How investors and philanthropists can improve water stewardship
Achieving universal, affordable and sustainable access to safe water and safe sanitation is one of the key challenges facing humanity today. These are the aims of SDG6, the United Nations Sustainable Development Goal for water and sanitation by 2030. At a time of population and climate change, how can we make these services accessible and resilient while sustaining the environment?
What are the challenges of Sustainable Development Goals?
The United Nation’s 2015 Sustainable Development Goal 6 (SDG6) for 2030 is by some way the most ambitious set of targets for advancing water provision.
SDG 6.1 and 6.2 aim for universal access to safe water and safe sanitation respectively. SDG 6.3 seeks to halve the discharge of untreated wastewater. SDG 6.4 rolls out the application of water-use efficiency to counter water scarcity and SDG 6.5 supports integrated water resources management to tie together these ambitions. Unlike previous water and sanitation initiatives, SDG6 is based on closely monitoring each country’s progress towards these goals, along with their managerial and financial capacity to deliver them.
This means we can identify the challenges we face concerning water services, security and sustainability and decide how to respond to these in an informed way. Because SDG6 is set out as a focused set of objectives, it makes good sense to align these challenges with the specific sub-goals.
SDG for 2030
6.1 — Universal and equitable access to safe and affordable drinking water for all
6.2 — Access to adequate and equitable sanitation and hygiene for all and end open defecation
6.3 — Improve water quality by reducing pollution and halving the proportion of untreated wastewater
6.4 — Substantially increase water-use efficiency across all sectors and ensure sustainable withdrawals
6.5 — Implement integrated water resources management at all levels
6.6 — Protect and restore water-related ecosystems
Building Bridges Summit
In the media
Water stewardship in a time of climate change
Living with climate change will mean coping with the impacts on water and taking the necessary steps to reduce the vulnerabilities of communities and economies.
Press article by Marie-Laure Schaufelberger, Head of Group ESG & Stewardship, and David Lloyd Owen, Member of the Pictet Water Advisory Board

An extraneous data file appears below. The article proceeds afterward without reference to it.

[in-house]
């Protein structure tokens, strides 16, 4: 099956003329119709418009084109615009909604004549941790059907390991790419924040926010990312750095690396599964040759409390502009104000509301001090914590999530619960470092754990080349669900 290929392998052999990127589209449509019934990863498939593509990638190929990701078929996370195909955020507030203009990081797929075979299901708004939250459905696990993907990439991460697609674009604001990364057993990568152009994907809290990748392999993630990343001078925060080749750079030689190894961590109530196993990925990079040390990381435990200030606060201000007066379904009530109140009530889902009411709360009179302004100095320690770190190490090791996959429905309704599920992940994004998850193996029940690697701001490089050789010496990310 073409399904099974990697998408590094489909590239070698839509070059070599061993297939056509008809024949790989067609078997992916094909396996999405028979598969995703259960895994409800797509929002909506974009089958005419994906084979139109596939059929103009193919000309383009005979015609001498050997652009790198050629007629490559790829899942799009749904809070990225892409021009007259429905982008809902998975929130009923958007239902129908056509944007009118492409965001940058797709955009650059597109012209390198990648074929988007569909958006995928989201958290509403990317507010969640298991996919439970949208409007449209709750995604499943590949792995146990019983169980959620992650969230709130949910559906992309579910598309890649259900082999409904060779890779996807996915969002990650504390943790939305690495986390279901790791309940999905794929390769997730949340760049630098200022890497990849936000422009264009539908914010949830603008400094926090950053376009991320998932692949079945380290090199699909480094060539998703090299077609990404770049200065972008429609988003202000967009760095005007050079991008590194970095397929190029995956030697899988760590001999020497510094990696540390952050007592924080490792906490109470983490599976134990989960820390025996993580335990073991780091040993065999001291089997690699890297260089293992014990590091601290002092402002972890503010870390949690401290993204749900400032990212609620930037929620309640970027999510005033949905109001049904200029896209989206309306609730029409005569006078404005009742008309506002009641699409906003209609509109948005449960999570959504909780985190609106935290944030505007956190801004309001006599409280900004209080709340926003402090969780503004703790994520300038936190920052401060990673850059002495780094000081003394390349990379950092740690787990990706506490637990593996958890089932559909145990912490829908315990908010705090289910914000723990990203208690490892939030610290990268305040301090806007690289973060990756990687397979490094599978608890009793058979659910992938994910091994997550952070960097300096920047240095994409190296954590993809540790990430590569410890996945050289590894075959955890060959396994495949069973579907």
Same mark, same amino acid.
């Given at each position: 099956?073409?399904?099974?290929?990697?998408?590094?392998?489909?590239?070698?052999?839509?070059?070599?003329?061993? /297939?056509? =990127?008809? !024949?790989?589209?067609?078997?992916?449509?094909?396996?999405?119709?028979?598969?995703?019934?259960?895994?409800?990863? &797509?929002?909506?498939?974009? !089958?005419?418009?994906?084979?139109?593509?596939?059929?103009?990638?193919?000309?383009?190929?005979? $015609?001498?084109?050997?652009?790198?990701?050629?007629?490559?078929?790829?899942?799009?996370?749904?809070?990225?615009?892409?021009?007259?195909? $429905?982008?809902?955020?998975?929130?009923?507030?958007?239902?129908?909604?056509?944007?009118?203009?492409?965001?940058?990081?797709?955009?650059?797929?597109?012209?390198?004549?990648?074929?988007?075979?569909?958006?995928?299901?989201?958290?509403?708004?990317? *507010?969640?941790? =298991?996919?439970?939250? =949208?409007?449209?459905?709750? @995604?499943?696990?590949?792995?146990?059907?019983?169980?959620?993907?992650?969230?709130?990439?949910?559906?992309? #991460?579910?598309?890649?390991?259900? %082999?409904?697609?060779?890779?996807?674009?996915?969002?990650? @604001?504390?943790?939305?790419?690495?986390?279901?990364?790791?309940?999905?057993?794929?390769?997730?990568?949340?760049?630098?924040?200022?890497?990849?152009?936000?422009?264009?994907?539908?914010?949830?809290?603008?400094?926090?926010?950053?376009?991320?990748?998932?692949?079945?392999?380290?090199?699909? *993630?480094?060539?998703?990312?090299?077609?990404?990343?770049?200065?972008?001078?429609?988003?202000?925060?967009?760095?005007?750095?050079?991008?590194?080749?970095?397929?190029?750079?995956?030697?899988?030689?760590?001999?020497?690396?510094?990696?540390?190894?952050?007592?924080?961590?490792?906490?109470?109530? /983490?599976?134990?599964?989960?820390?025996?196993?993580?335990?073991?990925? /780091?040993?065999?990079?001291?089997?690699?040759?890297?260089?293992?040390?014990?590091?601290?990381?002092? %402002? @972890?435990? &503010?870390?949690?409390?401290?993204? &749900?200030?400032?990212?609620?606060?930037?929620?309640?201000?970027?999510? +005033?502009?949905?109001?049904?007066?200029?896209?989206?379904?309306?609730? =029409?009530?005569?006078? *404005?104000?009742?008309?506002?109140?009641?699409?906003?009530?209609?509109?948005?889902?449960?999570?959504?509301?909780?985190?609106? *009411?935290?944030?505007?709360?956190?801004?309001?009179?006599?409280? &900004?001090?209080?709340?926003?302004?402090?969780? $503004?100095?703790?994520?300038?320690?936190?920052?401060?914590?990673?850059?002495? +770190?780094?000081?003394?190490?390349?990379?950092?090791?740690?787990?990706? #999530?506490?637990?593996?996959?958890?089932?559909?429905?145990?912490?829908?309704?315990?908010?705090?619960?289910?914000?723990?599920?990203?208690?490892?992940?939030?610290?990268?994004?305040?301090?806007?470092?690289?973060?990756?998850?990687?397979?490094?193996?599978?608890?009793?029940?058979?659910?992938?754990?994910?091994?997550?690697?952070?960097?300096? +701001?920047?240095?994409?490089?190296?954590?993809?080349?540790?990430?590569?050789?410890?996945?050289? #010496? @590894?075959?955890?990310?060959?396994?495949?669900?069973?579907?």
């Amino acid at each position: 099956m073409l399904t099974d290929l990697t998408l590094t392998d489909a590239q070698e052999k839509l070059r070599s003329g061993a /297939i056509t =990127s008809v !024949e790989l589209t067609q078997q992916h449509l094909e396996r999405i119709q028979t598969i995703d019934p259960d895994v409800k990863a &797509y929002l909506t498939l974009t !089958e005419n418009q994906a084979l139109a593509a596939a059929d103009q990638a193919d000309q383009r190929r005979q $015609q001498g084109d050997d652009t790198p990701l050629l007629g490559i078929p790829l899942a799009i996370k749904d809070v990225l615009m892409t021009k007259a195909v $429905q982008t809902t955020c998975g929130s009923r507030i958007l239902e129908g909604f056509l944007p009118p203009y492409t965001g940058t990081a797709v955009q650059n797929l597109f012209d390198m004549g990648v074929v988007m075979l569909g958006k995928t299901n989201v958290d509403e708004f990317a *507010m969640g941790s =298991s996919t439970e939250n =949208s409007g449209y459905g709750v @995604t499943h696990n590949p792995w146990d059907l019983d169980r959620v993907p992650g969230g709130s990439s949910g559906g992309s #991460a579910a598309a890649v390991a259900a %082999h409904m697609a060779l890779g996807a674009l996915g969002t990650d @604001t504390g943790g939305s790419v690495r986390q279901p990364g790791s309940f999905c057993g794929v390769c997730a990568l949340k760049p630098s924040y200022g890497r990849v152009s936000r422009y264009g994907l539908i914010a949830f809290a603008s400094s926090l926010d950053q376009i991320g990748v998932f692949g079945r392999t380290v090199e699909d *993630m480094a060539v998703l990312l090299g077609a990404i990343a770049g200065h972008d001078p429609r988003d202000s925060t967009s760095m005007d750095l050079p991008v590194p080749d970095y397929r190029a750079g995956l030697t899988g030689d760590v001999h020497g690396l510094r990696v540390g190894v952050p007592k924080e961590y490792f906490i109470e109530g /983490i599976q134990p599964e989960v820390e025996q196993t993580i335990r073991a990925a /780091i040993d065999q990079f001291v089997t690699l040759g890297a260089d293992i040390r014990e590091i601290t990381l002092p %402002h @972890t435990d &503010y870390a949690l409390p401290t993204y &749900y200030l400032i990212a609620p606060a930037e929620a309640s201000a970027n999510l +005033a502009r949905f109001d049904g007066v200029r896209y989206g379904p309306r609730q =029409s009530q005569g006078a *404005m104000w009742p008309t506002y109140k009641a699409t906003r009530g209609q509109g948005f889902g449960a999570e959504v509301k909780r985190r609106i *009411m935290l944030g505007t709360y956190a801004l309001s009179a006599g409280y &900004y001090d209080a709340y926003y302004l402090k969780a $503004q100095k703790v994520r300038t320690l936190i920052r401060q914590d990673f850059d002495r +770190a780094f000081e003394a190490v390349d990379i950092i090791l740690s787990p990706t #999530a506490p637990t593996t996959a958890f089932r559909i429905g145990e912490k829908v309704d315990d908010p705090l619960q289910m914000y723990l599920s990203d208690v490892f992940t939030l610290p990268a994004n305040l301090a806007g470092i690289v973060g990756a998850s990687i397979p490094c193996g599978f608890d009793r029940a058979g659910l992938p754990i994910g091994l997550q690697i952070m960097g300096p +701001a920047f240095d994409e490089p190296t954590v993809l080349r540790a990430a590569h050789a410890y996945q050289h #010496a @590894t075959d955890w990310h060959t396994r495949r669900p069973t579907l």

The challenges we face
In 2020, 2 billion people lacked safe water and 3.6 billion lacked safe sanitation. In the 2000s, 58% of people faced water stress or scarcity. Gains from reduced deaths and illness and improved productivity range from $170-556 billion pa. The global cost of flooding rose from $15 billion in 1950-69 to $395 billion in 1990-2009. Poor inland water quality inhibits GDP growth.
Responding to these challenges
‘Smart water’ is transforming water and wastewater management, delivering better outcomes at lower costs. Demand management and nature-based solutions, along with innovative procurement and project management also drive costs down. The developing world can often leap-frog traditional technologies and techniques as locally developed plant and processes can offer better and more sustainable approaches.
Climate change exacerbates these pressures on water by increasing water demand and the variability of rainfall intensity and frequency. The more the water sector can do to reduce its carbon impact, the less will its future impact be. Water and sewage utilities contribute 2-3% of global greenhouse gas emissions, so supporting best methane practices and minimising discharges will be crucial
New challenges, greater resilience
Covid-19, along with cyber-crime and climate change highlight the need for utilities to adapt to a range of unexpected outcomes, unforeseen threats and constantly changing circumstances. Wastewater-based epidemiology shows the potential for sewerage monitoring to make savings (in human and economic terms) and minimise current and future pandemics.